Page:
The possible creation of a dispute resolution process for the names and acronyms of Intergovernmental Organizations, an issue considered and rejected in 2003. The Council (thankfully) chose not to request a Policy Development Process.
WHOIS. History: The WHOIS Task force, by supermajority, recommended that those registering domain names be permitted to designate and display an Operational Point of Contact rather than listing their own contact details. The Working Group commissioned after this report did not resolve anything.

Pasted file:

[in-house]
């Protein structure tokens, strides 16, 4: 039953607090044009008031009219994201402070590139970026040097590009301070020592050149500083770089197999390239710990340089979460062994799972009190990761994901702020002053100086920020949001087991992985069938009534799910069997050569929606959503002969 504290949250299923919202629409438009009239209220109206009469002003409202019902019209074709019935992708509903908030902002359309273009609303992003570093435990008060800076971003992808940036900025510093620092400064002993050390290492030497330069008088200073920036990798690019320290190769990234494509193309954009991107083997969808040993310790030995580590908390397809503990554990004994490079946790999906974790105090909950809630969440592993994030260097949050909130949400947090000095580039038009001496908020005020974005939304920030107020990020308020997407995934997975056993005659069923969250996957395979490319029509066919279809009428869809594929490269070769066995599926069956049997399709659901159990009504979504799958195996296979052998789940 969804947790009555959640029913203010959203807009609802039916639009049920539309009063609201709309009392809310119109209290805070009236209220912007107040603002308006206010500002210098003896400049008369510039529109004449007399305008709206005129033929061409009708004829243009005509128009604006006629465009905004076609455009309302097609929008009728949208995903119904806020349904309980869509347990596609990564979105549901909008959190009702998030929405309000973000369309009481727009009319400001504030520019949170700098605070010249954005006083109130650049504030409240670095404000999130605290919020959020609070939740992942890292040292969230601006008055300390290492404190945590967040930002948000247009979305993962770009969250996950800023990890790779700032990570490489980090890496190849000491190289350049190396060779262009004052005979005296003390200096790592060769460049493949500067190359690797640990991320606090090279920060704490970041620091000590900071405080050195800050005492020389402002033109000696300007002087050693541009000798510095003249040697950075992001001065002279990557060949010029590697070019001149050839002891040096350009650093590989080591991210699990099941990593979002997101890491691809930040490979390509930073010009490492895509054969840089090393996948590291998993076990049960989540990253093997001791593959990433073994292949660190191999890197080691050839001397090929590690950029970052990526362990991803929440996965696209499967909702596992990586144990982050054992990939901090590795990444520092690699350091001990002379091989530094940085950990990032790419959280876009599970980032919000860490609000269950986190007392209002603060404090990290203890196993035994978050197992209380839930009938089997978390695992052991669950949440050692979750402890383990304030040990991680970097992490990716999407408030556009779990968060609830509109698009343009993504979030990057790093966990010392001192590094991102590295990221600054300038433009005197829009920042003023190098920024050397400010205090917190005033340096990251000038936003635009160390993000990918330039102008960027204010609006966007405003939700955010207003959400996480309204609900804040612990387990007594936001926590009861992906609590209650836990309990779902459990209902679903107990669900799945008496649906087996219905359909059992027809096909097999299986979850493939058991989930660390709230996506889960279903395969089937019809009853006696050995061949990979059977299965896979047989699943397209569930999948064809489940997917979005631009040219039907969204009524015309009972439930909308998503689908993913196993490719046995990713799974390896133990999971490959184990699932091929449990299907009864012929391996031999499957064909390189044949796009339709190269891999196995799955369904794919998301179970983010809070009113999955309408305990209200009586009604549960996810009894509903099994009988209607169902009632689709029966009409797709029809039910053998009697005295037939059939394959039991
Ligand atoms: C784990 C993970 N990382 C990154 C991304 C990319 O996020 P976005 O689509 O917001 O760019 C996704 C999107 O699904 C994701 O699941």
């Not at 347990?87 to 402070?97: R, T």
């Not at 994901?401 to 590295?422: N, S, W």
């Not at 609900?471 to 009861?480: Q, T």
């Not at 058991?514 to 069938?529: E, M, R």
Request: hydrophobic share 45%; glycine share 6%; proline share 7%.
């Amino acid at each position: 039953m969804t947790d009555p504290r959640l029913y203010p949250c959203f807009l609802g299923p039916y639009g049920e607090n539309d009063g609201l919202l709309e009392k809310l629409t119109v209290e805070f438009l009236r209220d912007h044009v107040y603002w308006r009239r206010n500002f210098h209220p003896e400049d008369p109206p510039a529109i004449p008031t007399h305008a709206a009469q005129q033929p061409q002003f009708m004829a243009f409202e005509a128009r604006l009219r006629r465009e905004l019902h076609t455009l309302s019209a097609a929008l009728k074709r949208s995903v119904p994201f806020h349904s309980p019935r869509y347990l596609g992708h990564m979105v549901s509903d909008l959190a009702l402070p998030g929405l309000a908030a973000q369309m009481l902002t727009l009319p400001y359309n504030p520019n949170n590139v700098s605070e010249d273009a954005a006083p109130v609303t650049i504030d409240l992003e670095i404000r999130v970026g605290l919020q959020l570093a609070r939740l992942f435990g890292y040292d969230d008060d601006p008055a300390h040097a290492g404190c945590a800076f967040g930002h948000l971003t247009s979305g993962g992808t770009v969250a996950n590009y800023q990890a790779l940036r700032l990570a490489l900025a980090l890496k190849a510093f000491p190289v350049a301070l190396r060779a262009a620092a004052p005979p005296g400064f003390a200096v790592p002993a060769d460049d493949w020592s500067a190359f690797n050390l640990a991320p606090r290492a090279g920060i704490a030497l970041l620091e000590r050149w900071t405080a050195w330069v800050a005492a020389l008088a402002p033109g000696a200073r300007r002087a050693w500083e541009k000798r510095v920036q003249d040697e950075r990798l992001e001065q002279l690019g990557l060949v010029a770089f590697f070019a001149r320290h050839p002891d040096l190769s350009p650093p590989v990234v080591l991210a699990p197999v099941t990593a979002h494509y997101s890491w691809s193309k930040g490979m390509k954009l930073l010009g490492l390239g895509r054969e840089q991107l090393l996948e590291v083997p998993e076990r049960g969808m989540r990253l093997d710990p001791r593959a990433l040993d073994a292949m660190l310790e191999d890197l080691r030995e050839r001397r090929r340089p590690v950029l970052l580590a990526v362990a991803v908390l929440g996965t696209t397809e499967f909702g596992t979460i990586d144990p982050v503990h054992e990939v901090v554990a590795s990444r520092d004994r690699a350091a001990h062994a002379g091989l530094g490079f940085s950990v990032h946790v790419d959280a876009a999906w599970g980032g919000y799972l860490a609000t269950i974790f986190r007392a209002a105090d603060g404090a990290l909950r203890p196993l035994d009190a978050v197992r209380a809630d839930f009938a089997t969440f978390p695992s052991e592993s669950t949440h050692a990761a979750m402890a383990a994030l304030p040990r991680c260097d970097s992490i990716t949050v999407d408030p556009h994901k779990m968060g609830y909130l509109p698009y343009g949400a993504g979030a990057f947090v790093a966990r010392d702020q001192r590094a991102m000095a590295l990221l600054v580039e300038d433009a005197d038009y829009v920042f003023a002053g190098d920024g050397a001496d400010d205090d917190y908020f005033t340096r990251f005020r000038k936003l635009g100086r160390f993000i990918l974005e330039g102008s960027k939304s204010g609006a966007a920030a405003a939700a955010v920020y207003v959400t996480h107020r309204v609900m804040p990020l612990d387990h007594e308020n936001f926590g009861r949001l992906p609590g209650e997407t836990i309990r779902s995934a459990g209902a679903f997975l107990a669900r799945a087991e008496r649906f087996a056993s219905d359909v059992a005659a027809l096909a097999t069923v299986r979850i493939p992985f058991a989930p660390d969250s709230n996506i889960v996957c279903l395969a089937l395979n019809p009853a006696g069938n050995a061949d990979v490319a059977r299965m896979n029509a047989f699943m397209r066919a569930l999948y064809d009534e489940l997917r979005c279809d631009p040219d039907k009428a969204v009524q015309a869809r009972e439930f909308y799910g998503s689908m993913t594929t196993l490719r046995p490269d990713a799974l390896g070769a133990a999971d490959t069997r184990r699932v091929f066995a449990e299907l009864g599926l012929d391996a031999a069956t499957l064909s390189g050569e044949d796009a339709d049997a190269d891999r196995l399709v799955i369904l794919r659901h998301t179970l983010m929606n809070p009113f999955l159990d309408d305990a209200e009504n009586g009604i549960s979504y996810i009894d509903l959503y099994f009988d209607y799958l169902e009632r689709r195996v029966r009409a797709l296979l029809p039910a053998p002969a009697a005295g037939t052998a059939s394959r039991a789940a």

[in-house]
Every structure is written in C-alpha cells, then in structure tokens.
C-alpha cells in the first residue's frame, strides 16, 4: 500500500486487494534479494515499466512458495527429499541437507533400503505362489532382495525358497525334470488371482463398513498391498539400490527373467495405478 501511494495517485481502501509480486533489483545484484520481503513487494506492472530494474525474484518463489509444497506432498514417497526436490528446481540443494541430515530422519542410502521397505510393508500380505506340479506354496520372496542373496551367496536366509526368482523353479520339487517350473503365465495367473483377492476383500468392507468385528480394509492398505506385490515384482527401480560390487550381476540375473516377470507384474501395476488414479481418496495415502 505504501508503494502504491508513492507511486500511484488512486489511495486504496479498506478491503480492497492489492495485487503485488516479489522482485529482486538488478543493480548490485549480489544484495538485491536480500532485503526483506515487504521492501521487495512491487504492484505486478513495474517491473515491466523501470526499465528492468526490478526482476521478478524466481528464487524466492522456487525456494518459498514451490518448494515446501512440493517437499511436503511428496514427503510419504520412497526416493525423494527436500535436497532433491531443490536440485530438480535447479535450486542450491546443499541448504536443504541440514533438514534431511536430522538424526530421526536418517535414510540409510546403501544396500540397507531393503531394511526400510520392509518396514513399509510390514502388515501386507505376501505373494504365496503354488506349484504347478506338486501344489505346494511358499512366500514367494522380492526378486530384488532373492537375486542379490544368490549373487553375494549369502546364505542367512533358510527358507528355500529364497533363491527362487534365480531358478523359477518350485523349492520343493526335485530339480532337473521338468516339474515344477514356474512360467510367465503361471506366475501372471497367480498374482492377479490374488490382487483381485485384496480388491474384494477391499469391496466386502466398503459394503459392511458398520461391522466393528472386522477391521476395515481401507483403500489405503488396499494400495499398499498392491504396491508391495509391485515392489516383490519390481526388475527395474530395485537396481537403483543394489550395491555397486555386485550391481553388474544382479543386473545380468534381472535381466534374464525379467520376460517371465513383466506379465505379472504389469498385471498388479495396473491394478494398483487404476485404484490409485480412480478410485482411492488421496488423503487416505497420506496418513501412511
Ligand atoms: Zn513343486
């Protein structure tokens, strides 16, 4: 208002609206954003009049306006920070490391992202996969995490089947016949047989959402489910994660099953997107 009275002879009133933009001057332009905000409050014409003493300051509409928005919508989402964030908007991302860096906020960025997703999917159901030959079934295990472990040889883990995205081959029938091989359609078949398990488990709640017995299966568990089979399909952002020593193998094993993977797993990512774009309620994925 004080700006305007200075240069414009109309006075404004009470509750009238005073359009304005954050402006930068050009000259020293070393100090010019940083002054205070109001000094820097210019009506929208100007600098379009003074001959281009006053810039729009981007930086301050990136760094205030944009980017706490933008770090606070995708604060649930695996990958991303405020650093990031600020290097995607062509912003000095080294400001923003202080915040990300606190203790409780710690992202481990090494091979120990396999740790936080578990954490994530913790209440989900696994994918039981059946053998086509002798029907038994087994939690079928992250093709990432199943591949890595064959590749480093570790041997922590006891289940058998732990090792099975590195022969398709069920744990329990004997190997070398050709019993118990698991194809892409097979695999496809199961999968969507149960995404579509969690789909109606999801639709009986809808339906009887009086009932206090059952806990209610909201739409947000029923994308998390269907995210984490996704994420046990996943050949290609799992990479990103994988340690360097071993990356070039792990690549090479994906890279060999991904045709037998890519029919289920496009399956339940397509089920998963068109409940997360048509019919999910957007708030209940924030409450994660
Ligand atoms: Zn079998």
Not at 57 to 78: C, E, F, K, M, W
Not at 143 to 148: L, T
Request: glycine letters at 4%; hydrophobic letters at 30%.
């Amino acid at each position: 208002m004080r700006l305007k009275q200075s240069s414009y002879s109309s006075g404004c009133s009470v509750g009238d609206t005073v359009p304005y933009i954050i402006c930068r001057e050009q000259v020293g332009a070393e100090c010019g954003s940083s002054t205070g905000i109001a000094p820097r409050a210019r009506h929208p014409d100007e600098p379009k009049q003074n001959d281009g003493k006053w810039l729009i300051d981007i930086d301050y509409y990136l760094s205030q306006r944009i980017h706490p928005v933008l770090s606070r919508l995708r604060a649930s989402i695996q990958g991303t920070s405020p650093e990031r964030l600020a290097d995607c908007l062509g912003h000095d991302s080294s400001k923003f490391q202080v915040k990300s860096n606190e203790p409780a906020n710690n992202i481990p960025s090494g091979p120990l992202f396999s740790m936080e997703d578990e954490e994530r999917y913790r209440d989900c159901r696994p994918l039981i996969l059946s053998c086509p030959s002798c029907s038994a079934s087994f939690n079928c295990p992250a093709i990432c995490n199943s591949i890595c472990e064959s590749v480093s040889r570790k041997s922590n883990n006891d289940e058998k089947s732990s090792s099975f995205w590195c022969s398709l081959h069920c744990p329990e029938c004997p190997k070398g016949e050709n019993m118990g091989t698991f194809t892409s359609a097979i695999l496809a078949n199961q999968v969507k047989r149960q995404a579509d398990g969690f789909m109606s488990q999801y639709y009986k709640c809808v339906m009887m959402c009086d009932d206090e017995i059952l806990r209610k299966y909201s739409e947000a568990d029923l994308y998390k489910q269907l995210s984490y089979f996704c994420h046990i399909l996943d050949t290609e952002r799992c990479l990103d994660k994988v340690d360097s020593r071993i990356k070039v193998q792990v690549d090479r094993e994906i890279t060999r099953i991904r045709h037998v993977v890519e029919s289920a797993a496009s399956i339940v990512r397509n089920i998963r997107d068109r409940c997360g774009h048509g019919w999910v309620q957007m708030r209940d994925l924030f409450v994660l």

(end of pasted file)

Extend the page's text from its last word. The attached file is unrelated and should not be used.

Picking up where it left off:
Now, it’s time for the Council to vote. Council’s draft motions.
Motion 1: Approve OPOC as modified, 7 yes, 17 no. fails. The PDP is over. Long live the privacy-sapping WHOIS stalemate. Ross Rader, Registrar rep from Tucows, puts it best: “I do not think we have done the community any favors as a result of this discussion.”
The negotiation-forcing sunset proposal failed on a close vote: 10 yes, 13 no. It would have called for the elimination of WHOIS requirements from contracts in a year if consensus were not reached in the interim.
Instead, the Council called for — wait for it — more study. Don’t hold your breath.
It’s clearly time to go outside ICANN for help on the privacy front. I would like to see someone offer a _true_ privacy-preserving registration service — one that does not merely offer up the domain registrant’s personal information upon request. Any takers?